Announcing the changes to the fixture list yesterday, the BHA described the reforms as “innovative and wide-ranging” and the governing body's chair, Joe Saumarez Smith, writing for the Racing Post (page 4) today hails them as evidence the sport has followed through on its mandate to deliver “radical” change. Here we look at the key points – and evaluate just how radical they are.
Taking inspiration from other sports and building on the proposal made by former BHB chairman Peter Savill, the sport will create a new tier of Premier race meetings, creating a "more readily identifiable top end of the sport" designed to make it easier for new or casual followers to understand what represents the sport's best action.
It also seeks to "encourage investment from owners and support the retention of higher rated horses" by creating an "aspirational structure". In 2024, a maximum of two Premier fixtures will take place on Saturdays and up to one on any other day. These fixtures will need to meet thus far unspecified criteria around the quality of programme, terrestrial coverage, and total prize-money.
Radical rating: 7/10 A significant new approach to presenting the top tier of British racing, although utilising a principle long established in other sports.
One of the most radical elements of the whole proposal, because it will entail a core period from 2pm to 4pm on most Saturdays being restricted to just three meetings. Other meetings will have to conclude before that window or begin after it.
This will offer "the sport space to breathe and for broadcasters to tell [the stars'] stories", while spreading the action over a wider period on Saturdays will also generate "additional levy and media rights payments", according to the BHA.
This proposal has caused significant discord in recent weeks, with independent racecourses initially threatening legal action to stop it if it meant they would lose the right to stage lucrative fixtures during this key period. The BHA said the principles "will be implemented and tested over an initial two-year period".
Radical rating: 8/10 A controversial change that some believe prioritises betting revenues over spectator appeal.
The strategy seeks to "make better use of Sundays" by introducing Premier afternoon fixtures and explore whether evening racing on the all-weather during the winter, when "betting companies report that activity is strong", is worthwhile.
To that end, there will be a trial of six "high value" Sunday evening fixtures for lower rated horses in the first three months of 2024.
Radical rating: 5/10 Making the most of Sundays is a logical step, but the move will be controversial with professionals.
For all the focus on premierisation, the so-called 'core' product still accounts for 90 per cent of the fixture list and therefore maximising its appeal is vital. The strategy views it as the job of Premier meetings to attract new customers, while core meetings are important for retention.
With this in mind, and responding to the latest changes in betting trends, the BHA has agreed to stage more fixtures later in the day. Some core meetings that coincide with Premier midweek action, such as last week’s Dante meeting or the Cheltenham Festival, will also be moved into supporting roles, before or after the main meeting, to create more racing “when more people are engaging with the sport”. The summer jumps break will also be extended from 12 to 19 days in an effort to boost field sizes.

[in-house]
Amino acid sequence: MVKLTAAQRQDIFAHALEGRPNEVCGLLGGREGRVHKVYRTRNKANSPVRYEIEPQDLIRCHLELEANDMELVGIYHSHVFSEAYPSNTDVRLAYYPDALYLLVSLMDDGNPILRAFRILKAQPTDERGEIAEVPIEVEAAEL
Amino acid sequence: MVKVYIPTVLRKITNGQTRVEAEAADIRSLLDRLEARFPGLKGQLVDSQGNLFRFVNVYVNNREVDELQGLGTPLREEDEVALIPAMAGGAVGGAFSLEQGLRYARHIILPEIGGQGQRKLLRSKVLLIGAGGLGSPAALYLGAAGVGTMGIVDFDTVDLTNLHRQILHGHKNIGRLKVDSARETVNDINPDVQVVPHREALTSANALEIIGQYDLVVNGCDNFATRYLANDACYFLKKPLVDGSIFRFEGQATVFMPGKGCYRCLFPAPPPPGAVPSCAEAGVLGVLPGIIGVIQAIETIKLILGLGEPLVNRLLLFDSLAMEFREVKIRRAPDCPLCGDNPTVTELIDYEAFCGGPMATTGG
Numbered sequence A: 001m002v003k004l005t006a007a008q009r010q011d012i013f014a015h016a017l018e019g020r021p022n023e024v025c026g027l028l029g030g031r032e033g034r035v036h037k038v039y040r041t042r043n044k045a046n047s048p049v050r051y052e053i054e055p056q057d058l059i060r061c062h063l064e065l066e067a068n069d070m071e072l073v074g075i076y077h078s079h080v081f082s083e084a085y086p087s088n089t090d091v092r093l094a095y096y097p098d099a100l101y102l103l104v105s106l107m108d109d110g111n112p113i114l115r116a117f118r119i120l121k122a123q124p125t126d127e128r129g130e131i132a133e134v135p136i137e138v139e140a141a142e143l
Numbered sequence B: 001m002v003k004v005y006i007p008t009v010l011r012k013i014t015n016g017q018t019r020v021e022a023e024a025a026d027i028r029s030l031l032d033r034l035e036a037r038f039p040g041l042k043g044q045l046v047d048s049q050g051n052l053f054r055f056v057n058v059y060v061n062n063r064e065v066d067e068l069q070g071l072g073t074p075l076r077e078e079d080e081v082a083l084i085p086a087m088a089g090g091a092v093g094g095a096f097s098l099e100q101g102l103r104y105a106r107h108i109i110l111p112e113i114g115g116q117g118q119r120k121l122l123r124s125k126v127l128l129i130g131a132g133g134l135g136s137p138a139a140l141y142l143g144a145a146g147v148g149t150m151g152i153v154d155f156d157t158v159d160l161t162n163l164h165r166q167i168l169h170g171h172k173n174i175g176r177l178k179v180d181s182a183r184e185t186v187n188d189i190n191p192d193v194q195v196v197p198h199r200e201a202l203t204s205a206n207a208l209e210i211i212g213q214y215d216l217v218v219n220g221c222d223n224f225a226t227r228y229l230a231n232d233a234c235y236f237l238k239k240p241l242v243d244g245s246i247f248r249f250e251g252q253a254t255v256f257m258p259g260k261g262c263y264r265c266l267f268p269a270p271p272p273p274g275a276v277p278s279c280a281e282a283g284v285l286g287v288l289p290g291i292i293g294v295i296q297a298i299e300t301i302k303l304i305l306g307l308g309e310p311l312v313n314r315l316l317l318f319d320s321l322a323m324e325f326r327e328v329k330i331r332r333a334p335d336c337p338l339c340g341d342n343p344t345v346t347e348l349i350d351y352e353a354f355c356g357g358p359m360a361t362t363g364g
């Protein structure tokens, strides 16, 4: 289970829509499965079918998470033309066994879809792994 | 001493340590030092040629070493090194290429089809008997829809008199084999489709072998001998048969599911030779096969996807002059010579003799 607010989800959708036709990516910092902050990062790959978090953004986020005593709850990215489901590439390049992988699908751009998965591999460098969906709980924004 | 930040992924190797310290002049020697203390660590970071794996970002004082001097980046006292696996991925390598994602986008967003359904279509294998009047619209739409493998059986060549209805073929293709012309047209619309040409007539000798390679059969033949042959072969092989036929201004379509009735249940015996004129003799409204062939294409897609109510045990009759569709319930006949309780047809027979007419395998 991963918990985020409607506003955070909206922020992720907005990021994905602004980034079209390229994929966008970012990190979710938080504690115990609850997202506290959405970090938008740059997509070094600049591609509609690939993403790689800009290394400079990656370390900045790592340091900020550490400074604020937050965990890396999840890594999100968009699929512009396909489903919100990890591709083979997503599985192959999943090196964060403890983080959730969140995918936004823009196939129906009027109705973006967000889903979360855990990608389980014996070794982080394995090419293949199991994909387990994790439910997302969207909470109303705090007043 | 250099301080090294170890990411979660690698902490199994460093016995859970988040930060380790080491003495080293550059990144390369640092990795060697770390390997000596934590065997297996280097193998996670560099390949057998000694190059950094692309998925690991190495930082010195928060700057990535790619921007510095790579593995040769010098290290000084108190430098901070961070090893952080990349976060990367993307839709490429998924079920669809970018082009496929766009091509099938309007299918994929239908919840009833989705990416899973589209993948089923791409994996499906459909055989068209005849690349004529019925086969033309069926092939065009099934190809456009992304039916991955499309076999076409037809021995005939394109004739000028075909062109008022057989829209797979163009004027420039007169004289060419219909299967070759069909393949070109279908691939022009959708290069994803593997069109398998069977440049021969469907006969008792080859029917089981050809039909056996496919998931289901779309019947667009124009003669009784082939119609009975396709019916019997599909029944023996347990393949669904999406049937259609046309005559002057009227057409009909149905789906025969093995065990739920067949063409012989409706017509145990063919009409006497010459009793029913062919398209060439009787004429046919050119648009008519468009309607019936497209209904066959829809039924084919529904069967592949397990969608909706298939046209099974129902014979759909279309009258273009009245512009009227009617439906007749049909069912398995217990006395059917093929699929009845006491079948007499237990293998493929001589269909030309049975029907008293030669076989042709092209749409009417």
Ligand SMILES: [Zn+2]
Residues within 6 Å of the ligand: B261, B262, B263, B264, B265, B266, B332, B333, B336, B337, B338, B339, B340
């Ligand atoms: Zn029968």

Radical rating: 4/10 Moving fixtures to when people are most available to view and bet on them seems sensible, albeit more evening meetings will certainly not be universally popular within the sport, and the summer jumps break is likely to be welcomed given recent pressure on field sizes.
Those who feel there is too much racing are unlikely to be bowled over by the limited reductions proposed by the new strategy. The headline figures are the culling of 300 jumps races, roughly seven per cent, and the moving of 200 Flat races from the summer to the autumn and early winter.
It isn’t a seismic change, but the BHA states its data suggests it is enough “to increase the number of races meeting field size targets”.
Radical rating: 2/10 More of a light pruning of the fixture list than the radical overhaul some would like to see.
Many of the changes detailed above concern moving fixtures to periods of the day when racing's customers are free to enjoy the action and the strategy recognises this will create new demands on stable staff, jockeys and trainers that in turn "requires new thinking around how best to support the sport’s workforce".
Unlike the other areas, where decisions have been made, here several recommendations are still being considered. They include an increase in the number of days with no Flat racing in the summer, days of no Flat racing in the north or south, extending the summer jumps break and “a period of daily, and rider-restricted, floodlit meetings with no Flat meetings in the afternoon in March”.
Radical rating: 2/10 Supporting the sport’s workforce is clearly critical but whether these proposals will go far enough to mitigate the other changes remains to be seen.
Read these next:
British racing told to be brave as wide-ranging fixture list reforms are revealed
BHA chair: the sport has embraced radical change - and this is just the start
Getting the wheels turning is progress - but are we sure of the direction we're taking?
'Broad support' from independent racecourses for premierisation fixture changes
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